We Don’t Have To Live In Antarctica To Be Rabies Free


You can see the zeal in her eyes as she lures her dog towards us. Sanaipei had learnt that 40% of people bitten by rabid animals are children under 15 years of age, with domestic dogs contributing to 99% of all rabies transmissions to humans. This is all thanks to the Laikipia Rabies Vaccination Campaign (LRVC). Sanaipei wants to make her home safe for her children and ensure that they get enough information to make the right decisions when dealing with a dog bite. With the exception of Antarctica, rabies cases are still being reported in countries all over the world – mostly those in developing nations.

The Laikipia Rabies Vaccination Campaign started in 2015 with the aim of providing real-time health benefits for people, domestic animals and wildlife. The long term goal is to make Laikipia Kenya’s first rabies-free County. Human, wildlife and dog deaths caused by this disease are still reported in significant numbers, which is quite alarming as populations of “man’s best friend” are on the rise. Participants in the LRVC spent six days under the scorching sun, with angry, stubborn dogs and successfully vaccinated seven hundred and forty three dogs. Last year, over four thousand dogs were vaccinated in twenty days.

Just like all other initiatives, the LRVC has had several challenges, some which can be managed while others are simply beyond human control – like the weather. However, we have had overwhelming support from various partners such as Mpala Research Centre, Laikipia Wildlife Forum and Ol Pejeta Conservancy among others. The number of students, vets and community members who are always willing to volunteer is always encouraging but we do need more of their support and that of the Laikipia County Government.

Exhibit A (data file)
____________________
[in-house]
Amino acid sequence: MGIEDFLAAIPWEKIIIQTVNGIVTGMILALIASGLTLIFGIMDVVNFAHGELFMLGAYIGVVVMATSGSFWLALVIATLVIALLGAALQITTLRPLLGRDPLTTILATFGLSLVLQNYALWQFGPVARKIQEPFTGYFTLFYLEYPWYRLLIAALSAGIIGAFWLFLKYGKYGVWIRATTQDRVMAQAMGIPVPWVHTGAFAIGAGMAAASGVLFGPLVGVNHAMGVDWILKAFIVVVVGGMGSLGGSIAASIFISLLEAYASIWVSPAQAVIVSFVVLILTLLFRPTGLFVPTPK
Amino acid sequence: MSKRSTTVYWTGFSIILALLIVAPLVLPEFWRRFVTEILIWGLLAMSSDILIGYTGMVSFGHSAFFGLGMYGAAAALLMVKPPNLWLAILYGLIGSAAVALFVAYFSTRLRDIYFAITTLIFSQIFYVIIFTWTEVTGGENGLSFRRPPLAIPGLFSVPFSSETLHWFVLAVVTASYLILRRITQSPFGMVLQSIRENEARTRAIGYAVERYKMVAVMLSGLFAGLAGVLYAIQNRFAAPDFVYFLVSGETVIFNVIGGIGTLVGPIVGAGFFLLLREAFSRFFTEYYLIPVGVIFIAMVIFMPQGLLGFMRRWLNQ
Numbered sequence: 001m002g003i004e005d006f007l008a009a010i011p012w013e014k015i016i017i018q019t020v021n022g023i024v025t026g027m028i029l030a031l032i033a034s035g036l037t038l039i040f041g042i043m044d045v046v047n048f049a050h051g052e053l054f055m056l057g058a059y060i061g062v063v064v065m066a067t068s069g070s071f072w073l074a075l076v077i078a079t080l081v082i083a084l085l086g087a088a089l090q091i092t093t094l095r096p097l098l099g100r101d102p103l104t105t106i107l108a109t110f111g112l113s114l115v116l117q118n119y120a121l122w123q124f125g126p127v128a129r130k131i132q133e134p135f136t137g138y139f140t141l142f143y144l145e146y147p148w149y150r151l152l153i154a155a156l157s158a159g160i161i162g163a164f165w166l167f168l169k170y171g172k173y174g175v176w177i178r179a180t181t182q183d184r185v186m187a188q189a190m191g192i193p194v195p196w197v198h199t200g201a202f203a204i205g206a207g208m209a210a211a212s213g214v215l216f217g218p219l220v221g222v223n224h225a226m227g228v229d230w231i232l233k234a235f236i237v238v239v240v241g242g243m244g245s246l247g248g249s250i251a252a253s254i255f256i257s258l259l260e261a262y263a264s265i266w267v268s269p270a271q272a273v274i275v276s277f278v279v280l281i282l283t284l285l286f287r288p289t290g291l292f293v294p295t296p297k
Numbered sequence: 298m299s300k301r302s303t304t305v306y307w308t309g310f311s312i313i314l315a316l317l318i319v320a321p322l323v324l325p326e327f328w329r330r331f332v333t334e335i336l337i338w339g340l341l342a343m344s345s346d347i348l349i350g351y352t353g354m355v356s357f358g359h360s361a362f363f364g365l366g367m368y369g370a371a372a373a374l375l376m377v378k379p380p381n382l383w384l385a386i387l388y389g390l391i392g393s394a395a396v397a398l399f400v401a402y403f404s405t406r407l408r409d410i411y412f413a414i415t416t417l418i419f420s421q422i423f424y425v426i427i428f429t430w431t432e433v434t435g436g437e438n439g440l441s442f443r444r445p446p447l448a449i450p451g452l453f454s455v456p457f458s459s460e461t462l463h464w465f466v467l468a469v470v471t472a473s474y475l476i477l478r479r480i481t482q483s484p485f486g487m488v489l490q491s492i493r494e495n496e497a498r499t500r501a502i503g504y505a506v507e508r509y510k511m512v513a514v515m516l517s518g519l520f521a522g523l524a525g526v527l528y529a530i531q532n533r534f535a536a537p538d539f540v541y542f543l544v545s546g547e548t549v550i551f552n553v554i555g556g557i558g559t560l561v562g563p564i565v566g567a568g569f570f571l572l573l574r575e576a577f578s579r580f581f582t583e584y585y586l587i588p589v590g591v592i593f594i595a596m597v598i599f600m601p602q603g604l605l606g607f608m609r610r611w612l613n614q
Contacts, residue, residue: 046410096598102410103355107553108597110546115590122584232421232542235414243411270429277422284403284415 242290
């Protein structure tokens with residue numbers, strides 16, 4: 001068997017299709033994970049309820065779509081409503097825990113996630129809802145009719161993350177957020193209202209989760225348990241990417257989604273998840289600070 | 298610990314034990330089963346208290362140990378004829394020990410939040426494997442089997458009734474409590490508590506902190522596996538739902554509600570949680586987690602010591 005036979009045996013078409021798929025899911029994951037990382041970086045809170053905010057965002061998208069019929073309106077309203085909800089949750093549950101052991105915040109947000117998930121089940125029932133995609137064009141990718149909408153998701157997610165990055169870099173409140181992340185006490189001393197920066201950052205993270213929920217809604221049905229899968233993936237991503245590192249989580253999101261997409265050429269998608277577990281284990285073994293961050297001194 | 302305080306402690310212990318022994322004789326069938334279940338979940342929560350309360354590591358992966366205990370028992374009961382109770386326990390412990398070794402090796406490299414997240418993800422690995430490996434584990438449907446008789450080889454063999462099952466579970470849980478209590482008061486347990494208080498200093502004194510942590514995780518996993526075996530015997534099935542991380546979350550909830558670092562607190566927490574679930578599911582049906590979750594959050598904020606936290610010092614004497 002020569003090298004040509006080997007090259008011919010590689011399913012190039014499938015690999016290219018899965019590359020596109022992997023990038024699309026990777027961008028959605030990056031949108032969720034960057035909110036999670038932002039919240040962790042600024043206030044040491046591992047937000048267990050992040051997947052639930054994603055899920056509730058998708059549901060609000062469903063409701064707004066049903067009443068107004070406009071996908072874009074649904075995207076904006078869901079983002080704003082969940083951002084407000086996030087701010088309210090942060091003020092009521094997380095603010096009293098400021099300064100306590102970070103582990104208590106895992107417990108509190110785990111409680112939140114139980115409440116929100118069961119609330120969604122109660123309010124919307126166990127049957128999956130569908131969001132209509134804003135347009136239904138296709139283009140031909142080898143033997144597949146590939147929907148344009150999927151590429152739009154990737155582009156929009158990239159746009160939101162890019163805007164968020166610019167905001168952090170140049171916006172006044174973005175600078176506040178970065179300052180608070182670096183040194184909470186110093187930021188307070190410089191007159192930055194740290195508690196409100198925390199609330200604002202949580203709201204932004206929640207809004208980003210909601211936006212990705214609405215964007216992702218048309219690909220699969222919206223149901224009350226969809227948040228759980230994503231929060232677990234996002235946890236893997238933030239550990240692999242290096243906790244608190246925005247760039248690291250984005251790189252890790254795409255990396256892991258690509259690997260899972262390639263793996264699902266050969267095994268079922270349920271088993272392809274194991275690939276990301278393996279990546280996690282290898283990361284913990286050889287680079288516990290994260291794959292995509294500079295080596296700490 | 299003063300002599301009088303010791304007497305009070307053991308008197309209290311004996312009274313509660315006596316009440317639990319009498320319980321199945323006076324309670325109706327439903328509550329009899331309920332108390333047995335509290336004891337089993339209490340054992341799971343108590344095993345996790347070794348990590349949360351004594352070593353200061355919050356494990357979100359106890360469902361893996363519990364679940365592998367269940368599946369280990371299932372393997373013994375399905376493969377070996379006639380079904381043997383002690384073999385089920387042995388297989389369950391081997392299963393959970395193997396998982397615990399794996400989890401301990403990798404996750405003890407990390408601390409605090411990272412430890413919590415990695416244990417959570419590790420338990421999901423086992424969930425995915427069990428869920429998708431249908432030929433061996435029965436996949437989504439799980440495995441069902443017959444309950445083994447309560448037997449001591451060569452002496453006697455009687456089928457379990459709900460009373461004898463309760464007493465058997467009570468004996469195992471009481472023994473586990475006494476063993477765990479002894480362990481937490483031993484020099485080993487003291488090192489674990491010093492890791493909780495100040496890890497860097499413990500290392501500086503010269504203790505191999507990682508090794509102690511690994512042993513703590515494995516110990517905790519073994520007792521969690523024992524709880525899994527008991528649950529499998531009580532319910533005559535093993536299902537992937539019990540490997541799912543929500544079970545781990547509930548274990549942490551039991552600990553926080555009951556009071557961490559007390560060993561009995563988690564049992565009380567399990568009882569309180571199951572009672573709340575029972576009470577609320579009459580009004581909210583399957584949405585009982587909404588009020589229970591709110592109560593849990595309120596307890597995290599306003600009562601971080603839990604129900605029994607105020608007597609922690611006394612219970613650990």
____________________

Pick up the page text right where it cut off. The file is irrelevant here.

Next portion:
This year’s LRVC will take place over the 4 weekends in October. Our goal is to vaccinate 5,000 dogs and cats during this period. The campaign will target approximately 20 communities bordering Mpala, Ol Jogi, Segera, Ol Pejeta, Loisaba, Ol Lentille, Karisia, Naibunga, Lewa and Borana Conservancies.

By 2030, Kenya hopes to be a rabies free nation, and Laikipia is leading efforts to ensure this vision becomes a reality. In the meantime, we hope to see Sanaipei once again with the same zeal and determination to end rabies, starting with her dog Poppy, this time bringing along neighbours and friends for the same cause.

Laikipia Wildlife Forum will be working closely with the LRVC and will keep you up to date on this very important initiative, so stay tuned!

About the writer:

Wangechi Kiongo is a student from Karatina University currently working on the LRVC.

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